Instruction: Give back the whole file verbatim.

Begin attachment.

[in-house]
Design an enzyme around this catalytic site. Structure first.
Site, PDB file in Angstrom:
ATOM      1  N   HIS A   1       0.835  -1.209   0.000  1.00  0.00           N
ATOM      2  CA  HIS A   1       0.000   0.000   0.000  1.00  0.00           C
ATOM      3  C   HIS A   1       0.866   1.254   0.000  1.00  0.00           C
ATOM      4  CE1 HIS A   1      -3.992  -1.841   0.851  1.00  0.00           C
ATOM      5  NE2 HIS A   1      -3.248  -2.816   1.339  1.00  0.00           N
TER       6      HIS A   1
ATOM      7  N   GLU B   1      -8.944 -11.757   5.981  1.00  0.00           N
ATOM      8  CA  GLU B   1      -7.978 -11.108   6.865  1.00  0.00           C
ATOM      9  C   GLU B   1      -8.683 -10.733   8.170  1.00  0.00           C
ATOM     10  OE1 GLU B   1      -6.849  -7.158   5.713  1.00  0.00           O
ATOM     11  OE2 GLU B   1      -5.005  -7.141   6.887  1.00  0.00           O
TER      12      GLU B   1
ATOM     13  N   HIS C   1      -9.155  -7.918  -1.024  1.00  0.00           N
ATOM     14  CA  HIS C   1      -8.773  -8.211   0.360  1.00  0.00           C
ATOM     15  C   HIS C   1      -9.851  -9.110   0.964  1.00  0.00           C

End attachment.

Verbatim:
[in-house]
Design an enzyme around this catalytic site. Structure first.
Site, PDB file in Angstrom:
ATOM      1  N   HIS A   1       0.835  -1.209   0.000  1.00  0.00           N
ATOM      2  CA  HIS A   1       0.000   0.000   0.000  1.00  0.00           C
ATOM      3  C   HIS A   1       0.866   1.254   0.000  1.00  0.00           C
ATOM      4  CE1 HIS A   1      -3.992  -1.841   0.851  1.00  0.00           C
ATOM      5  NE2 HIS A   1      -3.248  -2.816   1.339  1.00  0.00           N
TER       6      HIS A   1
ATOM      7  N   GLU B   1      -8.944 -11.757   5.981  1.00  0.00           N
ATOM      8  CA  GLU B   1      -7.978 -11.108   6.865  1.00  0.00           C
ATOM      9  C   GLU B   1      -8.683 -10.733   8.170  1.00  0.00           C
ATOM     10  OE1 GLU B   1      -6.849  -7.158   5.713  1.00  0.00           O
ATOM     11  OE2 GLU B   1      -5.005  -7.141   6.887  1.00  0.00           O
TER      12      GLU B   1
ATOM     13  N   HIS C   1      -9.155  -7.918  -1.024  1.00  0.00           N
ATOM     14  CA  HIS C   1      -8.773  -8.211   0.360  1.00  0.00           C
ATOM     15  C   HIS C   1      -9.851  -9.110   0.964  1.00  0.00           C